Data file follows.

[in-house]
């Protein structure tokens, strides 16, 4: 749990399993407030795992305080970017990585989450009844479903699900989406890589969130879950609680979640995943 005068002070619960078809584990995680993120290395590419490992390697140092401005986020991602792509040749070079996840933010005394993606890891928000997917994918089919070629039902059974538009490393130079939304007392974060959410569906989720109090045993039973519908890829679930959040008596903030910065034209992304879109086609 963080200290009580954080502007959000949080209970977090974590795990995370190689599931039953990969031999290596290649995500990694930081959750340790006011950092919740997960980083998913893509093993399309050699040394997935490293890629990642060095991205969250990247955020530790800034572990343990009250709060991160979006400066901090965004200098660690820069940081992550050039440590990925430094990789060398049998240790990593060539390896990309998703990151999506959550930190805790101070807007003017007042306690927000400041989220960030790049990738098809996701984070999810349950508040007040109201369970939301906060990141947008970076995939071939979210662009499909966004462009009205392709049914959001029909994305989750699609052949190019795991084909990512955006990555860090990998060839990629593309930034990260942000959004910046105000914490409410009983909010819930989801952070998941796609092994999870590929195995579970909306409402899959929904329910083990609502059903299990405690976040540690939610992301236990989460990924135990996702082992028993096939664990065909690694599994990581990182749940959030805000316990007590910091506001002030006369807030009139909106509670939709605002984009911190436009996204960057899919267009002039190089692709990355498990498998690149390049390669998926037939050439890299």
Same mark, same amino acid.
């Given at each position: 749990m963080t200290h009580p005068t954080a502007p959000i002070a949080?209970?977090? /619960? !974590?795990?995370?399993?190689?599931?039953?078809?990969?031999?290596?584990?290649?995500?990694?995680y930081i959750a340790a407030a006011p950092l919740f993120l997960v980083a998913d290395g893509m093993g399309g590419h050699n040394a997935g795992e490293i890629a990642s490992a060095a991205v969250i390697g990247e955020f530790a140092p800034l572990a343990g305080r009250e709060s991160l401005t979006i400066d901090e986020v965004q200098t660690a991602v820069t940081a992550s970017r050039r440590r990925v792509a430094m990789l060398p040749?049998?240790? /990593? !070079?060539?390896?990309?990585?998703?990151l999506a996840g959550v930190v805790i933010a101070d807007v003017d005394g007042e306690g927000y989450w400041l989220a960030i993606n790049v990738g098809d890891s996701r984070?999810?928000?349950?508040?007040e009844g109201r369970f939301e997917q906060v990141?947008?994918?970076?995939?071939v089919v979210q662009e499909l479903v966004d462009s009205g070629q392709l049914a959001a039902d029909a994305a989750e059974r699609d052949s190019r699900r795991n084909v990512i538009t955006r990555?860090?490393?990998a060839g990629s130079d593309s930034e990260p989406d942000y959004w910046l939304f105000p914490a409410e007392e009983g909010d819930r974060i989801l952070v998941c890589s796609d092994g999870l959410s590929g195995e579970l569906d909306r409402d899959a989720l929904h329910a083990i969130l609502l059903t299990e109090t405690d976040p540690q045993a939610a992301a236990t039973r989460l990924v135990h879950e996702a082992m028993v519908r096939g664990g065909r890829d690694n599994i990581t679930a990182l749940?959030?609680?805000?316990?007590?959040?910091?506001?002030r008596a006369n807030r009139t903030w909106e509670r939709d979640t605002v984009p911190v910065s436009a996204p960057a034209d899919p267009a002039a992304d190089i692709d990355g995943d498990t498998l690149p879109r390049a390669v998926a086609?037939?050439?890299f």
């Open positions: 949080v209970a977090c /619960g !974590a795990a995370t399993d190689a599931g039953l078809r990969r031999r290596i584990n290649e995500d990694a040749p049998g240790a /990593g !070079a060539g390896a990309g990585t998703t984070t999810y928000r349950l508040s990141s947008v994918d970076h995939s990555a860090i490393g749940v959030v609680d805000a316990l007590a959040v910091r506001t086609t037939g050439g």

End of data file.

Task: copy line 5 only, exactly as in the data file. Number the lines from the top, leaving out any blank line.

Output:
């Open positions: 949080v209970a977090c /619960g !974590a795990a995370t399993d190689a599931g039953l078809r990969r031999r290596i584990n290649e995500d990694a040749p049998g240790a /990593g !070079a060539g390896a990309g990585t998703t984070t999810y928000r349950l508040s990141s947008v994918d970076h995939s990555a860090i490393g749940v959030v609680d805000a316990l007590a959040v910091r506001t086609t037939g050439g």